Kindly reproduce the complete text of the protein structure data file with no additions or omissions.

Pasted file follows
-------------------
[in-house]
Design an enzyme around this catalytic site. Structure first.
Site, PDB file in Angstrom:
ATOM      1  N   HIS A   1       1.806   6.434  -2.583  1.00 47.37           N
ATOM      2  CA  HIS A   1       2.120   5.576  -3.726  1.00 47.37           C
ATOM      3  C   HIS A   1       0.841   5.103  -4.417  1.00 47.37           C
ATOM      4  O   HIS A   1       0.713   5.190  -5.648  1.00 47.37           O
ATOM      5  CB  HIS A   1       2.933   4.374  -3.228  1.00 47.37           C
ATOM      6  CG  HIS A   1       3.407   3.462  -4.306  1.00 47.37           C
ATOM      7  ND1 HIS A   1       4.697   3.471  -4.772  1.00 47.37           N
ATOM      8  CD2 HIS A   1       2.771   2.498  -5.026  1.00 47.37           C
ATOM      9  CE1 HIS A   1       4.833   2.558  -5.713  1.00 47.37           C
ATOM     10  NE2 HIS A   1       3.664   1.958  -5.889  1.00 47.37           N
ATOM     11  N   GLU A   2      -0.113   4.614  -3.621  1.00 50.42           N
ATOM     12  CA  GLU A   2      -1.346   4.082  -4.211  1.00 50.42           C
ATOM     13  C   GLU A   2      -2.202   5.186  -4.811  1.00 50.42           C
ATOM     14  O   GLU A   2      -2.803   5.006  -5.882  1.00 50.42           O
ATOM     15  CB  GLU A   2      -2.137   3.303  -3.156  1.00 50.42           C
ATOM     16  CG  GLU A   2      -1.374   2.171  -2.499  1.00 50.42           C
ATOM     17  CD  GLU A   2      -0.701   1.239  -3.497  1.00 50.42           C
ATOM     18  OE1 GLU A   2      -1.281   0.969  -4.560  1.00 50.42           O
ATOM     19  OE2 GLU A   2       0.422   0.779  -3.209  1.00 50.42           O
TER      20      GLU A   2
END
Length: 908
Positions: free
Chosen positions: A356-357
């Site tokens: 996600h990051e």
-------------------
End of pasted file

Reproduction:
[in-house]
Design an enzyme around this catalytic site. Structure first.
Site, PDB file in Angstrom:
ATOM      1  N   HIS A   1       1.806   6.434  -2.583  1.00 47.37           N
ATOM      2  CA  HIS A   1       2.120   5.576  -3.726  1.00 47.37           C
ATOM      3  C   HIS A   1       0.841   5.103  -4.417  1.00 47.37           C
ATOM      4  O   HIS A   1       0.713   5.190  -5.648  1.00 47.37           O
ATOM      5  CB  HIS A   1       2.933   4.374  -3.228  1.00 47.37           C
ATOM      6  CG  HIS A   1       3.407   3.462  -4.306  1.00 47.37           C
ATOM      7  ND1 HIS A   1       4.697   3.471  -4.772  1.00 47.37           N
ATOM      8  CD2 HIS A   1       2.771   2.498  -5.026  1.00 47.37           C
ATOM      9  CE1 HIS A   1       4.833   2.558  -5.713  1.00 47.37           C
ATOM     10  NE2 HIS A   1       3.664   1.958  -5.889  1.00 47.37           N
ATOM     11  N   GLU A   2      -0.113   4.614  -3.621  1.00 50.42           N
ATOM     12  CA  GLU A   2      -1.346   4.082  -4.211  1.00 50.42           C
ATOM     13  C   GLU A   2      -2.202   5.186  -4.811  1.00 50.42           C
ATOM     14  O   GLU A   2      -2.803   5.006  -5.882  1.00 50.42           O
ATOM     15  CB  GLU A   2      -2.137   3.303  -3.156  1.00 50.42           C
ATOM     16  CG  GLU A   2      -1.374   2.171  -2.499  1.00 50.42           C
ATOM     17  CD  GLU A   2      -0.701   1.239  -3.497  1.00 50.42           C
ATOM     18  OE1 GLU A   2      -1.281   0.969  -4.560  1.00 50.42           O
ATOM     19  OE2 GLU A   2       0.422   0.779  -3.209  1.00 50.42           O
TER      20      GLU A   2
END
Length: 908
Positions: free
Chosen positions: A356-357
């Site tokens: 996600h990051e």